Skills for Success defines Numeracy as the ability to find, understand, use, and report mathematical information presented through words, numbers, symbols, and graphics.

Discover the language in Numeracy

Numeracy requires finding, interpreting and conveying information related to numerical concepts. It involves interpretive/receptive, presentational/expressive, reading and writing, often in combination; for example:

  • Locating and interpreting numbers and data in texts.
  • Understanding numbers, data and numerical terms and concepts shared verbally or in writing.
  • Following instructions for mathematical tasks.
  • Giving instructions or explanations for mathematical tasks, using technical jargon where needed, and adapting language to suit the reader/watcher’s background knowledge.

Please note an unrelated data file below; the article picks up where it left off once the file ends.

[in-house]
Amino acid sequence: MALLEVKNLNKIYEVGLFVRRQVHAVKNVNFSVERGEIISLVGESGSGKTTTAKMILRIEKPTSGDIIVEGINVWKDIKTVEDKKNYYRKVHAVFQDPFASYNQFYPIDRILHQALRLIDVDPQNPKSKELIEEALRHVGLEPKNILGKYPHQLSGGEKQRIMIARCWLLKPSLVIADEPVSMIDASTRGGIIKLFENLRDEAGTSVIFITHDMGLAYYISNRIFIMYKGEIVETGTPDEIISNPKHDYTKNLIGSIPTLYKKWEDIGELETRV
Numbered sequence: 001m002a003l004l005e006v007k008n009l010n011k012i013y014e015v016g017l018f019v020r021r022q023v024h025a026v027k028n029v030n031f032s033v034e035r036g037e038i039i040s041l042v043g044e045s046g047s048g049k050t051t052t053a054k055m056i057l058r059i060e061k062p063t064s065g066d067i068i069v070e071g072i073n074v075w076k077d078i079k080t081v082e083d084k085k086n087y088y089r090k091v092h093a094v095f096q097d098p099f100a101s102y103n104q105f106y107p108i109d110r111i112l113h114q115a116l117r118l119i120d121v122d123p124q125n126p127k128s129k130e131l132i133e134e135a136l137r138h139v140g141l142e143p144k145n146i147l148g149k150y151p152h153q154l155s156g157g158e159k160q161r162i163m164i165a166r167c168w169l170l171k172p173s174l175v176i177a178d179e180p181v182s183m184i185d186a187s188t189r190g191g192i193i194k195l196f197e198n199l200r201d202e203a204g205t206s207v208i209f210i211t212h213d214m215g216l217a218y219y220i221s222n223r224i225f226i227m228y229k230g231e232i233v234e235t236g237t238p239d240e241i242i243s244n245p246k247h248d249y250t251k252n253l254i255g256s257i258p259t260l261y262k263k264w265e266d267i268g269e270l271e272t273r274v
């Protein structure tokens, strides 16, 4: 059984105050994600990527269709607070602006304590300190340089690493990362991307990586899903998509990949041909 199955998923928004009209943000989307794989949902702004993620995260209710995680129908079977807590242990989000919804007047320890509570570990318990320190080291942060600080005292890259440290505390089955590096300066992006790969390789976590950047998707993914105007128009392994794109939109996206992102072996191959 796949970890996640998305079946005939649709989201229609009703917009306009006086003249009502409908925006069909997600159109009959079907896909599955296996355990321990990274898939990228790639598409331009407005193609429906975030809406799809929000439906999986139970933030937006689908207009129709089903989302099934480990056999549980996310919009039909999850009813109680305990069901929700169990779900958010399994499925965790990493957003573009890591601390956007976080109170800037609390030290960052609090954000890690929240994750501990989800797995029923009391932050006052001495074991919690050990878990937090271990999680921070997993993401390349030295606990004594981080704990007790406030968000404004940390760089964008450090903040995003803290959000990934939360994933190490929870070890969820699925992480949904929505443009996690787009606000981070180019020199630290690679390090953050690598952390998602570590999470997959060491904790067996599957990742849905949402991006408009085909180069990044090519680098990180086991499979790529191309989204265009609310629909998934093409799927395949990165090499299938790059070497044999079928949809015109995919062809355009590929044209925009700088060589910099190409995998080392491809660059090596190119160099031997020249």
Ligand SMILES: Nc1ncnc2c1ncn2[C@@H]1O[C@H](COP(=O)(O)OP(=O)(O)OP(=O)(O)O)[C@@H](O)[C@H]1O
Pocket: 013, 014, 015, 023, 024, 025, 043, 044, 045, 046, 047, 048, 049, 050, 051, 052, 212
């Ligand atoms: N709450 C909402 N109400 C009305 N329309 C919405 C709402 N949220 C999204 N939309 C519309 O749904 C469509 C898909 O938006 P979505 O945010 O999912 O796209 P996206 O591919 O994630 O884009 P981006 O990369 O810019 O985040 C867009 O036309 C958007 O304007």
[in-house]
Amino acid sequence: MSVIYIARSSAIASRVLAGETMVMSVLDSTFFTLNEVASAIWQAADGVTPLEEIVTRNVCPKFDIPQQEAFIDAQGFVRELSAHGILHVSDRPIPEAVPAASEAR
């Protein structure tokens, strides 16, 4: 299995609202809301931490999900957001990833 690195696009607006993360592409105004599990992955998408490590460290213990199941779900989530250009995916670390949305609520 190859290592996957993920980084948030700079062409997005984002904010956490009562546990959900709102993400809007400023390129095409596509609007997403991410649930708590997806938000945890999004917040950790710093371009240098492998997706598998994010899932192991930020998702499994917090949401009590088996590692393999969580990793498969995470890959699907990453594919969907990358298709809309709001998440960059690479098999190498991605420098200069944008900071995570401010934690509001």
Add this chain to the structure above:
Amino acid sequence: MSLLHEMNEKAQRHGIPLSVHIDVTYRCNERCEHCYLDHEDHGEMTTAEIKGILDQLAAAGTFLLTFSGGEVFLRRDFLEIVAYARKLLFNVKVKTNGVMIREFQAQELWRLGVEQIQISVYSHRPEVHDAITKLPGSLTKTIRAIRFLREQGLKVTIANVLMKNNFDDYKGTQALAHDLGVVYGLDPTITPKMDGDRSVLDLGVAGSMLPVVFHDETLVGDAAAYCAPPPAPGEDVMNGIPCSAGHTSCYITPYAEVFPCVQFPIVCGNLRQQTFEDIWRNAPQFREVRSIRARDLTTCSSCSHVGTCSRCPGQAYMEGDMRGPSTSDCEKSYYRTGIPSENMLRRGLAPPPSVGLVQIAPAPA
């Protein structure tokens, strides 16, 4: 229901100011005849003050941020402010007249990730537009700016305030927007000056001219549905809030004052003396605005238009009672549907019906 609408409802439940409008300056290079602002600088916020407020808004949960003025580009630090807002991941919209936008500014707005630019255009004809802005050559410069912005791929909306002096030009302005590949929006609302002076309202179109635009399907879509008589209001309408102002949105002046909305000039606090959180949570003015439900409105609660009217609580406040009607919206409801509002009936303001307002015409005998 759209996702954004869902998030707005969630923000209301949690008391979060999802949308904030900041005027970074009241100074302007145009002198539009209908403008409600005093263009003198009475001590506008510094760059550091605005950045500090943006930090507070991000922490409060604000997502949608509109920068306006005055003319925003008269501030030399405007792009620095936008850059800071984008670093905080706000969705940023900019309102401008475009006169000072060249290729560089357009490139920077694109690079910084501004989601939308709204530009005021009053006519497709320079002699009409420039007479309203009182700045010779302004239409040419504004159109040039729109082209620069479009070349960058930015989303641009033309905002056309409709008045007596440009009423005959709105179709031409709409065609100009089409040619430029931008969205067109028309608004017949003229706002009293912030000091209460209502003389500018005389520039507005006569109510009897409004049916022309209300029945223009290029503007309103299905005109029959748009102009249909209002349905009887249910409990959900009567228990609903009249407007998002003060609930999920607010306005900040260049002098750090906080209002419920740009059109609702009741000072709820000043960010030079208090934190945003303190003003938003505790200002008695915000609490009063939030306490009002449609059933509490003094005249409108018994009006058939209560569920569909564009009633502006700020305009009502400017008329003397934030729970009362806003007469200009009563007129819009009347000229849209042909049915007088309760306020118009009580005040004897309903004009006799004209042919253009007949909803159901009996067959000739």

• Sharing numbers, data and numerical concepts verbally or in writing.
  • Describing patterns and trends.
  • Using numbers and data to support opinions and draw conclusions.

Explore work-related examples at each CLB stage

The Canadian Language Benchmarks (CLB) describe communicative ability in English as a Second Language (ESL). The CLB organize 12 benchmarks into three stages of ability: Stage I (Basic), Stage II (Intermediate) and Stage III (Advanced).

Learners may already possess Numeracy skills but lack the English and the sign language to demonstrate them. For this reason, there is no direct correspondence between Numeracy and CLB levels.

The examples below show the language involved in demonstrating Numeracy.